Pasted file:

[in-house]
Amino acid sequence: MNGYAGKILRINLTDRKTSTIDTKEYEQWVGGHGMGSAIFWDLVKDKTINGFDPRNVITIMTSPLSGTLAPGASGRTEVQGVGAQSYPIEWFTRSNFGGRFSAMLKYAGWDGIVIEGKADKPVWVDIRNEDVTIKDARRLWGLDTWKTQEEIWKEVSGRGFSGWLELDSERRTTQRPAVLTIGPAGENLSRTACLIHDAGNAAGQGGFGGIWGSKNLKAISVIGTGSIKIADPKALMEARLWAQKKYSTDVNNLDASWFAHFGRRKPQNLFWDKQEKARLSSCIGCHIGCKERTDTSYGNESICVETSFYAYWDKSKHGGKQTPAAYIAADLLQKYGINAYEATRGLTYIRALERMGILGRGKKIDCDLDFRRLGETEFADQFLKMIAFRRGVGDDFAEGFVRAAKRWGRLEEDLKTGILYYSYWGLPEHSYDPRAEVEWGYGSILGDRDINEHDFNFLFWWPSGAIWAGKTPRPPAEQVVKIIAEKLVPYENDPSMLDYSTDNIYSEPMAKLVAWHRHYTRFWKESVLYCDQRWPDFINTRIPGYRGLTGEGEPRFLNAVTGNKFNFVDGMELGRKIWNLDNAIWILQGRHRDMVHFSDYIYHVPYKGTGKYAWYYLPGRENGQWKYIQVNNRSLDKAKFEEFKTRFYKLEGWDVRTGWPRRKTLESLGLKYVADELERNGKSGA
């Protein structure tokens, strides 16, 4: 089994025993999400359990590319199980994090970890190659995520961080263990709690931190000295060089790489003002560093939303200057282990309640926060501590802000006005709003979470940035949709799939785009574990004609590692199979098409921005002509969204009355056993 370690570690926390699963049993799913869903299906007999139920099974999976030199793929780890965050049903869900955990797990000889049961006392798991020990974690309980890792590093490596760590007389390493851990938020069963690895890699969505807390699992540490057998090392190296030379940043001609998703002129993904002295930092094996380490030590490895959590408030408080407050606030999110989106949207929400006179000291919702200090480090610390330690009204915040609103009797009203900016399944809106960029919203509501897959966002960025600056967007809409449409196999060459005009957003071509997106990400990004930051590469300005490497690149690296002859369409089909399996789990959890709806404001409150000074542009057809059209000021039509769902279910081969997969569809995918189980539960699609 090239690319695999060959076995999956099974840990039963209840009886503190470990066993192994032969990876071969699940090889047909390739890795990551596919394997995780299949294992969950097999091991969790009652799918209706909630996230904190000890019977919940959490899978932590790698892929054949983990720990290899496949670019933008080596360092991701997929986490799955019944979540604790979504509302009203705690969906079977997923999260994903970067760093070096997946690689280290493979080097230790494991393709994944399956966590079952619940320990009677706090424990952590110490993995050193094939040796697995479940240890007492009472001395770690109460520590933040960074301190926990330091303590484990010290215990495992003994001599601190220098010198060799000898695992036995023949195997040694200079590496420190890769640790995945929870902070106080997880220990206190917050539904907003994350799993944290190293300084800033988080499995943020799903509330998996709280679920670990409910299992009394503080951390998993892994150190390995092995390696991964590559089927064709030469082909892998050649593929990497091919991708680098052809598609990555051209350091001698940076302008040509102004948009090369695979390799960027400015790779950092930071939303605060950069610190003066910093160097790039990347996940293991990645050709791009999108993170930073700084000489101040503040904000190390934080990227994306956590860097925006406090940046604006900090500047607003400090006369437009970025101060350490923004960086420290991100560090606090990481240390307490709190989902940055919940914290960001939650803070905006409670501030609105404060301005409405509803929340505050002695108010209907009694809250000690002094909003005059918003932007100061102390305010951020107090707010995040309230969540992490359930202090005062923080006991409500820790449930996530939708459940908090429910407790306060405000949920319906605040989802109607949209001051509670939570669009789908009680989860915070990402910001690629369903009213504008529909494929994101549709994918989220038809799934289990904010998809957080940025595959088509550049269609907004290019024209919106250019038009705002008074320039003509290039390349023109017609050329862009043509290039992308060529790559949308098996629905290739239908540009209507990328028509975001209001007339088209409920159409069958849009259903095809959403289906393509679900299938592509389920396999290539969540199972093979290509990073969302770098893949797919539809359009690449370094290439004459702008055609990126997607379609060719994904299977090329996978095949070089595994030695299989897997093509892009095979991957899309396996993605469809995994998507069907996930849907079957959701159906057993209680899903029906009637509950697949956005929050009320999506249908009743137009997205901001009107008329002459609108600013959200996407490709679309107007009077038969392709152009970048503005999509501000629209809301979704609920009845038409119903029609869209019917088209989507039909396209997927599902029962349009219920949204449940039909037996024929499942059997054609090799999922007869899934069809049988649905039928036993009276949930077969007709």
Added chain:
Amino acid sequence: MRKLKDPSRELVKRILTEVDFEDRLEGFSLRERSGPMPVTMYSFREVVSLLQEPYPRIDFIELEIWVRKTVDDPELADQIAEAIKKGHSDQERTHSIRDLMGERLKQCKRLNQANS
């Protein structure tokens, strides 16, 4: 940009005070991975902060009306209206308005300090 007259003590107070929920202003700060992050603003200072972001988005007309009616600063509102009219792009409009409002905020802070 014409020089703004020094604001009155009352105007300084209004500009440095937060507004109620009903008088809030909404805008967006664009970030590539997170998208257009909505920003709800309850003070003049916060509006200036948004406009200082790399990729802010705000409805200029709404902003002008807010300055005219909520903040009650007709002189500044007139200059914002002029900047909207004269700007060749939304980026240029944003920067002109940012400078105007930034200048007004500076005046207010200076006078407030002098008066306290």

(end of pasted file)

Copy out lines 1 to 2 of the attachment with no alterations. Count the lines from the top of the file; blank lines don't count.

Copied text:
[in-house]
Amino acid sequence: MNGYAGKILRINLTDRKTSTIDTKEYEQWVGGHGMGSAIFWDLVKDKTINGFDPRNVITIMTSPLSGTLAPGASGRTEVQGVGAQSYPIEWFTRSNFGGRFSAMLKYAGWDGIVIEGKADKPVWVDIRNEDVTIKDARRLWGLDTWKTQEEIWKEVSGRGFSGWLELDSERRTTQRPAVLTIGPAGENLSRTACLIHDAGNAAGQGGFGGIWGSKNLKAISVIGTGSIKIADPKALMEARLWAQKKYSTDVNNLDASWFAHFGRRKPQNLFWDKQEKARLSSCIGCHIGCKERTDTSYGNESICVETSFYAYWDKSKHGGKQTPAAYIAADLLQKYGINAYEATRGLTYIRALERMGILGRGKKIDCDLDFRRLGETEFADQFLKMIAFRRGVGDDFAEGFVRAAKRWGRLEEDLKTGILYYSYWGLPEHSYDPRAEVEWGYGSILGDRDINEHDFNFLFWWPSGAIWAGKTPRPPAEQVVKIIAEKLVPYENDPSMLDYSTDNIYSEPMAKLVAWHRHYTRFWKESVLYCDQRWPDFINTRIPGYRGLTGEGEPRFLNAVTGNKFNFVDGMELGRKIWNLDNAIWILQGRHRDMVHFSDYIYHVPYKGTGKYAWYYLPGRENGQWKYIQVNNRSLDKAKFEEFKTRFYKLEGWDVRTGWPRRKTLESLGLKYVADELERNGKSGA